1. Summarise the article in no more than 500 words.
The eu citizenship inspired by the freedom of movement for persons envisaged in the Treaties, the introduction of a European citizenship with precisely defined rights and duties was considered as long ago as the 1960s. Following preparatory work that began in the mid-1970s, the Treaty on European Union (TEU), adopted in Maastricht 1in 1992, gave as an objective for the Union ‘to strengthen the protection of the rights and interests of the nationals of its Member States through the introduction of a citizenship of the Union’. A new part of the EC Treaty 2is devoted to this citizenship. The ECJ reformulated the questions of the UK Supreme Court to include an assessment of the applicability of both the Directive and Article 21 3.
The Directive was held to be inapplicable to the situation of Mrs McCarthy. In particular it only applied to situations where a Union citizen has moved to another Member State. In addition, the Directive concerns the conditions of residence of a Union citizen in another Member State. As a national of the UK Mrs McCarthy’s residence there could not be subject to conditions. The Directive was therefore inapplicable.
Nor could Mrs. McCarthy rely on Article 214. While the fact that she had never exercised her right of free movement did not necessarily preclude her relying on her status as a Union citizen, the national measure in question did not have ‘the effect of depriving her of the enjoyment of the substance of the rights associated with her status as a Union citizen’. In particular it did not have ‘the effect of obliging Mrs McCarthy to leave the territory of the European Union.’ The situation was therefore held not to be governed by EU law. The dual nationality of Mrs McCarthy did not in itself alter this conclusion. As a consequence Mr. McCarthy did not enjoy a right of residence under EU law.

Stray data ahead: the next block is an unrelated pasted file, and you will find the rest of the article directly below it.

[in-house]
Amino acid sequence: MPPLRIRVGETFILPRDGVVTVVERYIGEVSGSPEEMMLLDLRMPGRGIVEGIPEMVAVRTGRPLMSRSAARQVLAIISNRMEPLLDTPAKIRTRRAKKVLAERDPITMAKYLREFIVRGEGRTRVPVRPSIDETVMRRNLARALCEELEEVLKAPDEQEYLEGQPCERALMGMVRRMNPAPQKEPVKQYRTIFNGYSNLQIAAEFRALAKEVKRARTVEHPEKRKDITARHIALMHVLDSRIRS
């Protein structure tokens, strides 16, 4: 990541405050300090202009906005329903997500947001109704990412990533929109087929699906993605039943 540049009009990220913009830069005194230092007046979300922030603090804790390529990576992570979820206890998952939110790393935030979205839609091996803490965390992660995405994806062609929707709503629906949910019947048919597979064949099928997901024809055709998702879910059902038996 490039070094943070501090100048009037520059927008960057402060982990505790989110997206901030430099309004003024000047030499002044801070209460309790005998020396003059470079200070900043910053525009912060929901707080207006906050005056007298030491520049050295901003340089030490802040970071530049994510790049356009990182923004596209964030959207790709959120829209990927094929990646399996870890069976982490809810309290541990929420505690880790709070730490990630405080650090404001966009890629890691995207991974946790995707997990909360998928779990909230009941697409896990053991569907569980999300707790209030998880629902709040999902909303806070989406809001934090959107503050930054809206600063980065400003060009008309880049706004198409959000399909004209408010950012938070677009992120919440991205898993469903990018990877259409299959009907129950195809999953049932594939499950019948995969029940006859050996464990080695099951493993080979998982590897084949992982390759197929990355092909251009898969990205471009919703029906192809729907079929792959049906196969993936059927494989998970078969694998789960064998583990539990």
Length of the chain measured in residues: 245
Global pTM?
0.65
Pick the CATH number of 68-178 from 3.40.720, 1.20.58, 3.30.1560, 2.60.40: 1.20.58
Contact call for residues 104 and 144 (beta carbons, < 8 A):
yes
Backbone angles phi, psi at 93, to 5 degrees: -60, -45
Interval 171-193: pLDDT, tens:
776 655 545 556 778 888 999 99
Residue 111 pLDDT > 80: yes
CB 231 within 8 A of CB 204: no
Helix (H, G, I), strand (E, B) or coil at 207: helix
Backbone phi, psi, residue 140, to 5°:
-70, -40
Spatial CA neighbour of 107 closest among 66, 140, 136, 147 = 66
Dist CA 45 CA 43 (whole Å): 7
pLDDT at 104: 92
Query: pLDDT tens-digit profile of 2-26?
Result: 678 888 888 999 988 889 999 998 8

McCarthy follows the ground-breaking decision in Zambrano 5and both confirms its general finding while limiting its application. McCarthy confirms the general rule that EU citizenship law, and in particular Articles 20 and 216 prohibit national measures that deprive their own nationals of ‘the very enjoyment of the substance of rights conferred by the status of EU citizenship.’ The Court equally held that Directive 20047 only applies where a citizen moves to another Member State. In confirming this aspect of Zambrano, the Court elaborates significantly on it’s reasoning and relies on the wording, purpose and context of the Directive. More specifically, McCarthy 8confirms that one of the rights conferred by the status of EU citizenship is residence on the territory of the Union. Perhaps as important as the practical implication is the symbolic connection between citizenship and territory emerging from Zambrano and confirmed in McCarthy.
However, perhaps more significantly, McCarthy places limits on the application of Zambrano. Contrary to some readings the ‘purely internal’ rule has not been abolished but persists, if in a modified form. Only in exceptional cases, where ‘the very enjoyment of the substance of rights conferred by the status of EU citizenship’ is in question does a situation with no cross-border element fall within the scope of EU law. McCarthy also clarifies the situations of dual nationals and discusses previous cases touching on the issue. The Court clarified that the mere fact of dual nationality does not, in and of itself, bring the situation into the scope of EU law. Rather, a national measure must impact on a specific right conferred by EU law. On the specific (and more practical) issue of residence rights for family members of citizens, McCarthy would appear to limit the application of Zambrano to situations where a carer relationship exists. Thus, whereas in Zambrano the company (and indeed authorisation to work) of a carer-parent was considered essential for the continued residence of the citizen on the territory...
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